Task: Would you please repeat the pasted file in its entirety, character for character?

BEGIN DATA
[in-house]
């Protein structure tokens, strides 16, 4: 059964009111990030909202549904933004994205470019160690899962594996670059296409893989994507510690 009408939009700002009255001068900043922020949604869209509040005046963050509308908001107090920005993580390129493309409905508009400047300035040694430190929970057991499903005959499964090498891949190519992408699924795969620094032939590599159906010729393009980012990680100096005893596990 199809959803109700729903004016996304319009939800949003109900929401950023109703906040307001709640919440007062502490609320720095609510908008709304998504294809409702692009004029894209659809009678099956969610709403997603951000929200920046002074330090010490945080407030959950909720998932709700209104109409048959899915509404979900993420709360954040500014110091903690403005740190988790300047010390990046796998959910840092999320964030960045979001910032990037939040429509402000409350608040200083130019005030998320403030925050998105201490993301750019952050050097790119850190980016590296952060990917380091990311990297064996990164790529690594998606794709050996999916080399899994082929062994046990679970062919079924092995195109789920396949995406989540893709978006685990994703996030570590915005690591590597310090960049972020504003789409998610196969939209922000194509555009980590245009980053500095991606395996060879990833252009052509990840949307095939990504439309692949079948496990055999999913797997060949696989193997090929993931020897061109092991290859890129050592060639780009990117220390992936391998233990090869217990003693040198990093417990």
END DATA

[in-house]
């Protein structure tokens, strides 16, 4: 059964009111990030909202549904933004994205470019160690899962594996670059296409893989994507510690 009408939009700002009255001068900043922020949604869209509040005046963050509308908001107090920005993580390129493309409905508009400047300035040694430190929970057991499903005959499964090498891949190519992408699924795969620094032939590599159906010729393009980012990680100096005893596990 199809959803109700729903004016996304319009939800949003109900929401950023109703906040307001709640919440007062502490609320720095609510908008709304998504294809409702692009004029894209659809009678099956969610709403997603951000929200920046002074330090010490945080407030959950909720998932709700209104109409048959899915509404979900993420709360954040500014110091903690403005740190988790300047010390990046796998959910840092999320964030960045979001910032990037939040429509402000409350608040200083130019005030998320403030925050998105201490993301750019952050050097790119850190980016590296952060990917380091990311990297064996990164790529690594998606794709050996999916080399899994082929062994046990679970062919079924092995195109789920396949995406989540893709978006685990994703996030570590915005690591590597310090960049972020504003789409998610196969939209922000194509555009980590245009980053500095991606395996060879990833252009052509990840949307095939990504439309692949079948496990055999999913797997060949696989193997090929993931020897061109092991290859890129050592060639780009990117220390992936391998233990090869217990003693040198990093417990």